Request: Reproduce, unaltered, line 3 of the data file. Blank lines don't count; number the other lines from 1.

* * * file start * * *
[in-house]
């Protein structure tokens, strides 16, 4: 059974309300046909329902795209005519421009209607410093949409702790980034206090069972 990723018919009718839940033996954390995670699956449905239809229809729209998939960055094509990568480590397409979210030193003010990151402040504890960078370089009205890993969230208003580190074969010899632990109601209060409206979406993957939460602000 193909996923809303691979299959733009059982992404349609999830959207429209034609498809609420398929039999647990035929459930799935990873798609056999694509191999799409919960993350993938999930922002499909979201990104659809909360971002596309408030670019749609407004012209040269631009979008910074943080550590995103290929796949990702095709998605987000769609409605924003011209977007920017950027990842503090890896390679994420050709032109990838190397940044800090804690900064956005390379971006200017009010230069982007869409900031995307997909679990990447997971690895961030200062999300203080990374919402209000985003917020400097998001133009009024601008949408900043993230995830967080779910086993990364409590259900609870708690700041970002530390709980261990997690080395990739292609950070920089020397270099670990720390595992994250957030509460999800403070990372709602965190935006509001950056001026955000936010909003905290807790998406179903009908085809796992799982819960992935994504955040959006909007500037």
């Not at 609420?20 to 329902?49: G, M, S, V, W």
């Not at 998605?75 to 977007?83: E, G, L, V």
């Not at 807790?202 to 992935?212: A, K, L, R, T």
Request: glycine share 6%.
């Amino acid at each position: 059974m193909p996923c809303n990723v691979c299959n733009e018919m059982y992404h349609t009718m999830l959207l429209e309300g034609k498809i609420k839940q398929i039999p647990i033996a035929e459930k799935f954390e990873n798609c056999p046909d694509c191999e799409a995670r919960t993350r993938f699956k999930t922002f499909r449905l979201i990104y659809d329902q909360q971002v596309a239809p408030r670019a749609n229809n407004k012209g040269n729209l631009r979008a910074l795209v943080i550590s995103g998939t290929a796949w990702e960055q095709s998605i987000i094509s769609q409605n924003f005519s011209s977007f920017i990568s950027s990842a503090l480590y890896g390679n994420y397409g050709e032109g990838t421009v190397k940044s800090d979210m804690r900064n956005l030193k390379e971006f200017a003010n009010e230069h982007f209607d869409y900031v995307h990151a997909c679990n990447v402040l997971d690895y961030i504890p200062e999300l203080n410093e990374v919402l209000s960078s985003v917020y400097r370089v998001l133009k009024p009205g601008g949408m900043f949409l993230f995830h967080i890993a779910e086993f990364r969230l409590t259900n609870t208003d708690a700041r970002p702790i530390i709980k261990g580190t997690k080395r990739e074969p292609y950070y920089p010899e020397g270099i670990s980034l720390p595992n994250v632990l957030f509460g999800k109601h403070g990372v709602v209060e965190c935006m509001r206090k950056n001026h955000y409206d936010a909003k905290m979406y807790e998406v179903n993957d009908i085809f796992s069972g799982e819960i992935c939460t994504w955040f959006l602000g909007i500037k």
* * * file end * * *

């Not at 609420?20 to 329902?49: G, M, S, V, W």